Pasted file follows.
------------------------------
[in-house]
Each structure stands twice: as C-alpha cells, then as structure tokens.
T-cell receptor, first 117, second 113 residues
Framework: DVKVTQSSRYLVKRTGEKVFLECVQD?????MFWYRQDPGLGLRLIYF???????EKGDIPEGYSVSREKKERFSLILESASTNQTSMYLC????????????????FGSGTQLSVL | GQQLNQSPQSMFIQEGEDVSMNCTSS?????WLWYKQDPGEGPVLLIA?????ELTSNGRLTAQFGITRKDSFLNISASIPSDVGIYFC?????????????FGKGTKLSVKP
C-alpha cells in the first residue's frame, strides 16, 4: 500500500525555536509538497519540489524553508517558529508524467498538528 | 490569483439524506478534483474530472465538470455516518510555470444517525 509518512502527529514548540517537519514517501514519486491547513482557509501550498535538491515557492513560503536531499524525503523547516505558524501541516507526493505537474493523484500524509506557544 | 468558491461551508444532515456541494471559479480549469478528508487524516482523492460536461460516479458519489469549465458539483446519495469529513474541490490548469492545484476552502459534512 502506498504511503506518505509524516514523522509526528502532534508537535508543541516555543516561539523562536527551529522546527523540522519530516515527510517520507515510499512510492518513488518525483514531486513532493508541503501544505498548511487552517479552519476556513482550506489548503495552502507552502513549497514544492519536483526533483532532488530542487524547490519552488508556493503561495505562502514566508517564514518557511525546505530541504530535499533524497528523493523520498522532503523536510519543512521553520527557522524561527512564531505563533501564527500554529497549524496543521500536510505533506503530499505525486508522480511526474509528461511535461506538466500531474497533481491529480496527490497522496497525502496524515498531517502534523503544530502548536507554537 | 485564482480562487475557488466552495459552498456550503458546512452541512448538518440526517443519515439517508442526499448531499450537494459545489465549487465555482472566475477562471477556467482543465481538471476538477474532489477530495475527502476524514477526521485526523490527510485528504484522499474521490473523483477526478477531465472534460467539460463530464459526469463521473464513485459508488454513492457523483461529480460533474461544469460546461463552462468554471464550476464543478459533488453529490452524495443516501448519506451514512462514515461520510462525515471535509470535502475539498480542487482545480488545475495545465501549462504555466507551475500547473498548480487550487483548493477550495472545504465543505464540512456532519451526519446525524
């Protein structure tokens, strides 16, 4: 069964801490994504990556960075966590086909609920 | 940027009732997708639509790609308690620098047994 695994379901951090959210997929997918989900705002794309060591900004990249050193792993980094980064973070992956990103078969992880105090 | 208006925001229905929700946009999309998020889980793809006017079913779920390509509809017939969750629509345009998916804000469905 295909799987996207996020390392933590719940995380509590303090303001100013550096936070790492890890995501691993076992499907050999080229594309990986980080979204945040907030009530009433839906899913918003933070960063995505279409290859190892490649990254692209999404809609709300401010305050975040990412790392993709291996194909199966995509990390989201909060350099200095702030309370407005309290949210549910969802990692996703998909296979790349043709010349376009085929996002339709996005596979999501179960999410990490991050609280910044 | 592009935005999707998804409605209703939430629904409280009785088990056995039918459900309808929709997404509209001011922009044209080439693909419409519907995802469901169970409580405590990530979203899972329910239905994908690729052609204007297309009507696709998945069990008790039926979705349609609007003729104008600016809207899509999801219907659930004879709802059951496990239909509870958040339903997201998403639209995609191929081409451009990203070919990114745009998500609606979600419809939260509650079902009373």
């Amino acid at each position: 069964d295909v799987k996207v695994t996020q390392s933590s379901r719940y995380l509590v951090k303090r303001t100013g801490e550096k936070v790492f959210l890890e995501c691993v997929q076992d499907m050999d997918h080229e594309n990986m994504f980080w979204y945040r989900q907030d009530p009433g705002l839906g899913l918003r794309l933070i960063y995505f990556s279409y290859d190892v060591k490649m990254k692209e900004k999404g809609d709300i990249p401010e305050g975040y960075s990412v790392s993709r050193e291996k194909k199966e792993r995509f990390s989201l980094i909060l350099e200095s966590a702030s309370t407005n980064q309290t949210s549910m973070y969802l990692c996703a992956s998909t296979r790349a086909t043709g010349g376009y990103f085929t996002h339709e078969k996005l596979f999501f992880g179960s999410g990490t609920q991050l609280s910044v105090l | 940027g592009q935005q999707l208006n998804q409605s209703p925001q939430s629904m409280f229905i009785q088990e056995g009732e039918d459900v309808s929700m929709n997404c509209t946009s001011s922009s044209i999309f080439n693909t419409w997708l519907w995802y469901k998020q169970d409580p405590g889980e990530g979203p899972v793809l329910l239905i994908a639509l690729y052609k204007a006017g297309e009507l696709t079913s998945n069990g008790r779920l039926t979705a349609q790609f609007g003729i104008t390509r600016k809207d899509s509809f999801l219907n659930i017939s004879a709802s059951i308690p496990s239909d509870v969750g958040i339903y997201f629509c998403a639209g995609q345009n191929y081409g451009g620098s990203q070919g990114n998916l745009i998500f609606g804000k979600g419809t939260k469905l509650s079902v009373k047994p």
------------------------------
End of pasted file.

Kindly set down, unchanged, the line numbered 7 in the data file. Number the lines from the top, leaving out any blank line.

């Amino acid at each position: 069964d295909v799987k996207v695994t996020q390392s933590s379901r719940y995380l509590v951090k303090r303001t100013g801490e550096k936070v790492f959210l890890e995501c691993v997929q076992d499907m050999d997918h080229e594309n990986m994504f980080w979204y945040r989900q907030d009530p009433g705002l839906g899913l918003r794309l933070i960063y995505f990556s279409y290859d190892v060591k490649m990254k692209e900004k999404g809609d709300i990249p401010e305050g975040y960075s990412v790392s993709r050193e291996k194909k199966e792993r995509f990390s989201l980094i909060l350099e200095s966590a702030s309370t407005n980064q309290t949210s549910m973070y969802l990692c996703a992956s998909t296979r790349a086909t043709g010349g376009y990103f085929t996002h339709e078969k996005l596979f999501f992880g179960s999410g990490t609920q991050l609280s910044v105090l | 940027g592009q935005q999707l208006n998804q409605s209703p925001q939430s629904m409280f229905i009785q088990e056995g009732e039918d459900v309808s929700m929709n997404c509209t946009s001011s922009s044209i999309f080439n693909t419409w997708l519907w995802y469901k998020q169970d409580p405590g889980e990530g979203p899972v793809l329910l239905i994908a639509l690729y052609k204007a006017g297309e009507l696709t079913s998945n069990g008790r779920l039926t979705a349609q790609f609007g003729i104008t390509r600016k809207d899509s509809f999801l219907n659930i017939s004879a709802s059951i308690p496990s239909d509870v969750g958040i339903y997201f629509c998403a639209g995609q345009n191929y081409g451009g620098s990203q070919g990114n998916l745009i998500f609606g804000k979600g419809t939260k469905l509650s079902v009373k047994p």